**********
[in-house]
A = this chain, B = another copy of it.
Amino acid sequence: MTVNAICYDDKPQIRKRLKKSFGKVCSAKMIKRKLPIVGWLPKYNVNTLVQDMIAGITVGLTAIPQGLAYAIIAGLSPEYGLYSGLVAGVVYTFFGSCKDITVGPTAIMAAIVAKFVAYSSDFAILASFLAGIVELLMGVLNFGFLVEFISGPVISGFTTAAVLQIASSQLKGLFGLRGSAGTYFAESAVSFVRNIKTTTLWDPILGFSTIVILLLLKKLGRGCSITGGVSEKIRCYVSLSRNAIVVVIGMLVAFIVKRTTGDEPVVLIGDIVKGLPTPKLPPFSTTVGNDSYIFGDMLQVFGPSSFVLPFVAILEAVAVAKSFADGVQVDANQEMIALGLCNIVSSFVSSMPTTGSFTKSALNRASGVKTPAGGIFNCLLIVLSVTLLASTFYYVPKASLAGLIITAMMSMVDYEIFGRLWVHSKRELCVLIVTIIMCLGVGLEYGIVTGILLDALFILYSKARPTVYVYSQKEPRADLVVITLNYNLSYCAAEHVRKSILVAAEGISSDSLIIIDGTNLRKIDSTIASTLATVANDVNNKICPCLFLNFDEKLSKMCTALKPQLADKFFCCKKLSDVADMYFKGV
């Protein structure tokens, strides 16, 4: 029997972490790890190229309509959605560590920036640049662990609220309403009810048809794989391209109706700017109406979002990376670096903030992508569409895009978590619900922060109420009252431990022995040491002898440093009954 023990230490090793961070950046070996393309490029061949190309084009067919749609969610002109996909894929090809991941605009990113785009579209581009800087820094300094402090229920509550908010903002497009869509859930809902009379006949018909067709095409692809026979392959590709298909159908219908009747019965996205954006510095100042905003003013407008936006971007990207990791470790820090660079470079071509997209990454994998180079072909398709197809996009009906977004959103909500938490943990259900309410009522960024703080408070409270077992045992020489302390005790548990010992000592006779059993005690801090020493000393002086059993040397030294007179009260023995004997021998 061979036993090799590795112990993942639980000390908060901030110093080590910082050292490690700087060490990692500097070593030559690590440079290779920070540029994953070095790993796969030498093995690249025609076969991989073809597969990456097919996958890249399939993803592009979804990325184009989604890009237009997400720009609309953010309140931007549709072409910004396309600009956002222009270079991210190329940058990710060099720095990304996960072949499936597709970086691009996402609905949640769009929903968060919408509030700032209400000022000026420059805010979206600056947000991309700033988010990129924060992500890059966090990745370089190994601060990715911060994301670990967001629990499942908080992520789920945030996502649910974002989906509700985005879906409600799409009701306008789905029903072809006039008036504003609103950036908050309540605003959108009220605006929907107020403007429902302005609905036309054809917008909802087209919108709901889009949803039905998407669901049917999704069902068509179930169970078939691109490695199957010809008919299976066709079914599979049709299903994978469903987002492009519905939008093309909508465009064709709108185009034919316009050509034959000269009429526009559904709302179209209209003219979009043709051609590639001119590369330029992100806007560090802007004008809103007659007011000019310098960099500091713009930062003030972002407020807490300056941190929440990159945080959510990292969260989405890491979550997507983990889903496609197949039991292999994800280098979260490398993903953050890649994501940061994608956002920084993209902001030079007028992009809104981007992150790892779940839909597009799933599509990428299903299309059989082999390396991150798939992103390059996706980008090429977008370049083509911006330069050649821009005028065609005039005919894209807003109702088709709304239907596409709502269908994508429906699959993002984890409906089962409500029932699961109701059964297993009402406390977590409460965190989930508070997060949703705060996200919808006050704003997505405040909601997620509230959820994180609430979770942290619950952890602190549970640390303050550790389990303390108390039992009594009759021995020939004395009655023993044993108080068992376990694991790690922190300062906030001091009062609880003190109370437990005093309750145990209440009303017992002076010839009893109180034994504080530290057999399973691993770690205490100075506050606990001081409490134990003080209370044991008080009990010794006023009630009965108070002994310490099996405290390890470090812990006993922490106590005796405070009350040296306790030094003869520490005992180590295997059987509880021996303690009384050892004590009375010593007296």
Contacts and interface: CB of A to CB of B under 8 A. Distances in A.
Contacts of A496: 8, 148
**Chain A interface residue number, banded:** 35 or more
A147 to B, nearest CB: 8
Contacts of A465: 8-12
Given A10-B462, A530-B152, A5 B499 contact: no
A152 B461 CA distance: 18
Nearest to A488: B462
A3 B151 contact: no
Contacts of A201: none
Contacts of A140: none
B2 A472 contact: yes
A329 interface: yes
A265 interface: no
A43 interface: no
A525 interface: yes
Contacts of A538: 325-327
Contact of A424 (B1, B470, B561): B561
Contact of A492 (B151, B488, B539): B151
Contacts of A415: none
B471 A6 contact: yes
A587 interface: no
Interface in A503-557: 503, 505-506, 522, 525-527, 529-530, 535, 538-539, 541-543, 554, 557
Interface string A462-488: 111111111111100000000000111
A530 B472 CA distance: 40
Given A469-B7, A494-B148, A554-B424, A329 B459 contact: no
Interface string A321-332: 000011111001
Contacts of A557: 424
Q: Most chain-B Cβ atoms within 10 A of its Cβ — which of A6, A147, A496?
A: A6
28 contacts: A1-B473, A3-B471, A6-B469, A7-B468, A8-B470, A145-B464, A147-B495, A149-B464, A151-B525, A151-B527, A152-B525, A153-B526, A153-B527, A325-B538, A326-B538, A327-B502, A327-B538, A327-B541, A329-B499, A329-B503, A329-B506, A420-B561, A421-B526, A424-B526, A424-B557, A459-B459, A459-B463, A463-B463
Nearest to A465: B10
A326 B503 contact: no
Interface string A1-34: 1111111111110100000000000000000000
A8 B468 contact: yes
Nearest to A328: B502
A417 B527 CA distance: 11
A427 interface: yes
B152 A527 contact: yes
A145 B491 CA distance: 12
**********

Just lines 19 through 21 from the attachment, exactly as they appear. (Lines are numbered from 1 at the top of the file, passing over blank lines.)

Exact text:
A43 interface: no
A525 interface: yes
Contacts of A538: 325-327